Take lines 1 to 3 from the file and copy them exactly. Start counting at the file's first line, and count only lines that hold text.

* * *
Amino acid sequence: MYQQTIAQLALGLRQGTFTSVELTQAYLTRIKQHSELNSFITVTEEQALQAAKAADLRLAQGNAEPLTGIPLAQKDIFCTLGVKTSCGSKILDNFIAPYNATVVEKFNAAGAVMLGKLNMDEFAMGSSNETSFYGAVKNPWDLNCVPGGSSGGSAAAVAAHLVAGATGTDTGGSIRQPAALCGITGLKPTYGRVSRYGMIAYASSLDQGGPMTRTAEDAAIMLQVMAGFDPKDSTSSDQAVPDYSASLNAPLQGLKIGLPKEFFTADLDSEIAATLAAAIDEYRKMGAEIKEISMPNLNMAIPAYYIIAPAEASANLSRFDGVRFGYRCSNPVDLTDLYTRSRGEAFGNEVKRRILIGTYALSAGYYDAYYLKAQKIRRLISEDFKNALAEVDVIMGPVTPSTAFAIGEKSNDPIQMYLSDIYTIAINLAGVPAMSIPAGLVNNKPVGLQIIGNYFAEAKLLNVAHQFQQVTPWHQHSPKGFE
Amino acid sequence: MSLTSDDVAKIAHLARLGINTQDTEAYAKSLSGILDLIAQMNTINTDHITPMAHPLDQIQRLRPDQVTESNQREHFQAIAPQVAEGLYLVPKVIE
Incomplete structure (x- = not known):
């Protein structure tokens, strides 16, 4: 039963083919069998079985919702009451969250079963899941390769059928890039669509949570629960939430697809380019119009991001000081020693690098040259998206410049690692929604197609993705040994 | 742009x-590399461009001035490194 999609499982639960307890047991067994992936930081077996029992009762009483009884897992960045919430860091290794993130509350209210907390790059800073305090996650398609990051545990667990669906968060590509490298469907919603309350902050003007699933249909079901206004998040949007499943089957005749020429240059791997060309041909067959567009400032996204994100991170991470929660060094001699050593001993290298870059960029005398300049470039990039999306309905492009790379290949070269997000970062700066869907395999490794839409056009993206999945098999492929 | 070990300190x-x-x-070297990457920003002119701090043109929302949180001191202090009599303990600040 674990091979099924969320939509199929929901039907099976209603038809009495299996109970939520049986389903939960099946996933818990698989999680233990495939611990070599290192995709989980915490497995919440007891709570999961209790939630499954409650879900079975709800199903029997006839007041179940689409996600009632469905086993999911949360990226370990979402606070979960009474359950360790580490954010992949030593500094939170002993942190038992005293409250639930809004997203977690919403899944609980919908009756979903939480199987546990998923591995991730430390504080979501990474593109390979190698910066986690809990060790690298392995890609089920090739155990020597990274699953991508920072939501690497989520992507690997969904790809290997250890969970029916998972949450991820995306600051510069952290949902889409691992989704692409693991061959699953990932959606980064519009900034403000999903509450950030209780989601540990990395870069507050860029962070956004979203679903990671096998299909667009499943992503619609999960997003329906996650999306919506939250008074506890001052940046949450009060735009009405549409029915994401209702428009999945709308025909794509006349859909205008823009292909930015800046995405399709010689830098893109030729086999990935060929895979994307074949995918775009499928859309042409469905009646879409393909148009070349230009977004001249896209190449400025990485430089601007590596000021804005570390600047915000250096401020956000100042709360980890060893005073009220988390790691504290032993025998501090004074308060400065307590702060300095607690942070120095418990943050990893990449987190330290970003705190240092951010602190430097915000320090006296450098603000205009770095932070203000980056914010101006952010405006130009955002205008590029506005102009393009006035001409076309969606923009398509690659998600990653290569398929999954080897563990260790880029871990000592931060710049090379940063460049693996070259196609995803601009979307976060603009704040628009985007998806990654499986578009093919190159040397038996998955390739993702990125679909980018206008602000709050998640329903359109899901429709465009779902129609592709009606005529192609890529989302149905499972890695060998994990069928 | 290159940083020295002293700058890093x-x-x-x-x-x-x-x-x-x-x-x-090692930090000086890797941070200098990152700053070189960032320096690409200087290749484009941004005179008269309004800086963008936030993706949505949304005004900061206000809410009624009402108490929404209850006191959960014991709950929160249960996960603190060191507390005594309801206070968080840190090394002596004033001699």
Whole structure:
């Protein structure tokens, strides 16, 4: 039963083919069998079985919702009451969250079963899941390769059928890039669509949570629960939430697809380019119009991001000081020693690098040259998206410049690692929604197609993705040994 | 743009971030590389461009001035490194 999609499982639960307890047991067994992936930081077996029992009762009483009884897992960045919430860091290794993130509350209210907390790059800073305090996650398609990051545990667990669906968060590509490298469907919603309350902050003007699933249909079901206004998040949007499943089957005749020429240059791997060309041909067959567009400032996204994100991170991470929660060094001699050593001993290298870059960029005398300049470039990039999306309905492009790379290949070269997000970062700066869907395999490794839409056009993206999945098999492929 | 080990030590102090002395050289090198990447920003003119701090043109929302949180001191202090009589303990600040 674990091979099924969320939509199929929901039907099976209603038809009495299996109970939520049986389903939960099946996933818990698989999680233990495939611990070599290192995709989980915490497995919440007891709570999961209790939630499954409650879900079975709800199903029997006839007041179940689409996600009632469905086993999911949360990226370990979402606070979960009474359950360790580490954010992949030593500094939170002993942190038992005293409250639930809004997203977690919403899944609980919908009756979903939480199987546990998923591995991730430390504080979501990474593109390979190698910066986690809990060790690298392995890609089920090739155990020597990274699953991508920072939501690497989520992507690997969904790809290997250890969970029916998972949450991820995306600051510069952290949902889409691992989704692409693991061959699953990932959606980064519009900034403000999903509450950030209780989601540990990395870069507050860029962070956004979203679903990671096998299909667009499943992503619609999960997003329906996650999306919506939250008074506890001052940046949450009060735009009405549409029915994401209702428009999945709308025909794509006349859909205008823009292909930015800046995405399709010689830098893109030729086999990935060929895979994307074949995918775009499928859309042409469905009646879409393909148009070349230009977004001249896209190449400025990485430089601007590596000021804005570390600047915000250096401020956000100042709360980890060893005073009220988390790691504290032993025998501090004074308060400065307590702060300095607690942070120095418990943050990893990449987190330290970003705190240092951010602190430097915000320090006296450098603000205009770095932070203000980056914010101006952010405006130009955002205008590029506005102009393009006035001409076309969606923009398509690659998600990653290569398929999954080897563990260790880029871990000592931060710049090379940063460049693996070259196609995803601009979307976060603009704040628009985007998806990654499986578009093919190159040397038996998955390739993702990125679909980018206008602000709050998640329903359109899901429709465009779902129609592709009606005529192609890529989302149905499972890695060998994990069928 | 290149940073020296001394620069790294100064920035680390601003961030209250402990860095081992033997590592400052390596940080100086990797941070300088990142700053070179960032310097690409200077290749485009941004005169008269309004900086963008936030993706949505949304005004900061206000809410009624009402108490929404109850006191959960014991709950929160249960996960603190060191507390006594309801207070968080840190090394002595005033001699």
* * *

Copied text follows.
Amino acid sequence: MYQQTIAQLALGLRQGTFTSVELTQAYLTRIKQHSELNSFITVTEEQALQAAKAADLRLAQGNAEPLTGIPLAQKDIFCTLGVKTSCGSKILDNFIAPYNATVVEKFNAAGAVMLGKLNMDEFAMGSSNETSFYGAVKNPWDLNCVPGGSSGGSAAAVAAHLVAGATGTDTGGSIRQPAALCGITGLKPTYGRVSRYGMIAYASSLDQGGPMTRTAEDAAIMLQVMAGFDPKDSTSSDQAVPDYSASLNAPLQGLKIGLPKEFFTADLDSEIAATLAAAIDEYRKMGAEIKEISMPNLNMAIPAYYIIAPAEASANLSRFDGVRFGYRCSNPVDLTDLYTRSRGEAFGNEVKRRILIGTYALSAGYYDAYYLKAQKIRRLISEDFKNALAEVDVIMGPVTPSTAFAIGEKSNDPIQMYLSDIYTIAINLAGVPAMSIPAGLVNNKPVGLQIIGNYFAEAKLLNVAHQFQQVTPWHQHSPKGFE
Amino acid sequence: MSLTSDDVAKIAHLARLGINTQDTEAYAKSLSGILDLIAQMNTINTDHITPMAHPLDQIQRLRPDQVTESNQREHFQAIAPQVAEGLYLVPKVIE
Incomplete structure (x- = not known):